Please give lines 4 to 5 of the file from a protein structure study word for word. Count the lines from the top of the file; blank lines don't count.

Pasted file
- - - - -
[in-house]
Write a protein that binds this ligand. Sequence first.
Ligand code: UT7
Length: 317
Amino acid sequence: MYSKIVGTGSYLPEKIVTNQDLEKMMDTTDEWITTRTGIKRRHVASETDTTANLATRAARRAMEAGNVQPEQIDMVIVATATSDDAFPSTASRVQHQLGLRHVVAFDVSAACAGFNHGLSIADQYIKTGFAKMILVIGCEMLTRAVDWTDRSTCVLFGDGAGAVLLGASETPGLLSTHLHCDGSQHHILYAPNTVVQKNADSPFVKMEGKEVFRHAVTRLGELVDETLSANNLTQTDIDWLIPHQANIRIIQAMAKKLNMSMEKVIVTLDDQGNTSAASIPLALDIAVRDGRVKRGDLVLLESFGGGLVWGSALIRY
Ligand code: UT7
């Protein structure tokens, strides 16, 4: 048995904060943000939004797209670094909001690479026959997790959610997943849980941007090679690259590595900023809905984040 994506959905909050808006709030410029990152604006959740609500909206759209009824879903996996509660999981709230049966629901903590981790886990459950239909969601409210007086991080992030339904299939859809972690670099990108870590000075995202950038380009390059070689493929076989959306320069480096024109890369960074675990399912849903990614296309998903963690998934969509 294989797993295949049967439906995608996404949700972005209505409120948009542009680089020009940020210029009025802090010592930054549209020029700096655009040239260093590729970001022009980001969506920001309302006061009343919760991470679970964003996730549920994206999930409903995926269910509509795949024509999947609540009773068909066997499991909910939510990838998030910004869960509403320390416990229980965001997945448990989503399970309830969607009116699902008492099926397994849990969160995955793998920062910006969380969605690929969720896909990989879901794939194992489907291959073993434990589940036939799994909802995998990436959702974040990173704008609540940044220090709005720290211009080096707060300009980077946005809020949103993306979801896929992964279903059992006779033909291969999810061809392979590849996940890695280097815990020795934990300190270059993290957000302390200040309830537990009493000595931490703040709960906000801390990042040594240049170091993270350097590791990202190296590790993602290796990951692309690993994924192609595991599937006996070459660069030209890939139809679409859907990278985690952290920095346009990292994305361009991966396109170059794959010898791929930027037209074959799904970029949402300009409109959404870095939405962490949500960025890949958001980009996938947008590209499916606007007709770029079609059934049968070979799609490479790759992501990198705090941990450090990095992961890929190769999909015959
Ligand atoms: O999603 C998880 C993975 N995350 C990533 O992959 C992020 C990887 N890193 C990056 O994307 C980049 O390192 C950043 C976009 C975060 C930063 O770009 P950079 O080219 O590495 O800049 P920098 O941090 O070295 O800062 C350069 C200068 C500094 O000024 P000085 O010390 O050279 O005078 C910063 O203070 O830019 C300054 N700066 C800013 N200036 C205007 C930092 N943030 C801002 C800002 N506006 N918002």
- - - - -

Length: 317
Amino acid sequence: MYSKIVGTGSYLPEKIVTNQDLEKMMDTTDEWITTRTGIKRRHVASETDTTANLATRAARRAMEAGNVQPEQIDMVIVATATSDDAFPSTASRVQHQLGLRHVVAFDVSAACAGFNHGLSIADQYIKTGFAKMILVIGCEMLTRAVDWTDRSTCVLFGDGAGAVLLGASETPGLLSTHLHCDGSQHHILYAPNTVVQKNADSPFVKMEGKEVFRHAVTRLGELVDETLSANNLTQTDIDWLIPHQANIRIIQAMAKKLNMSMEKVIVTLDDQGNTSAASIPLALDIAVRDGRVKRGDLVLLESFGGGLVWGSALIRY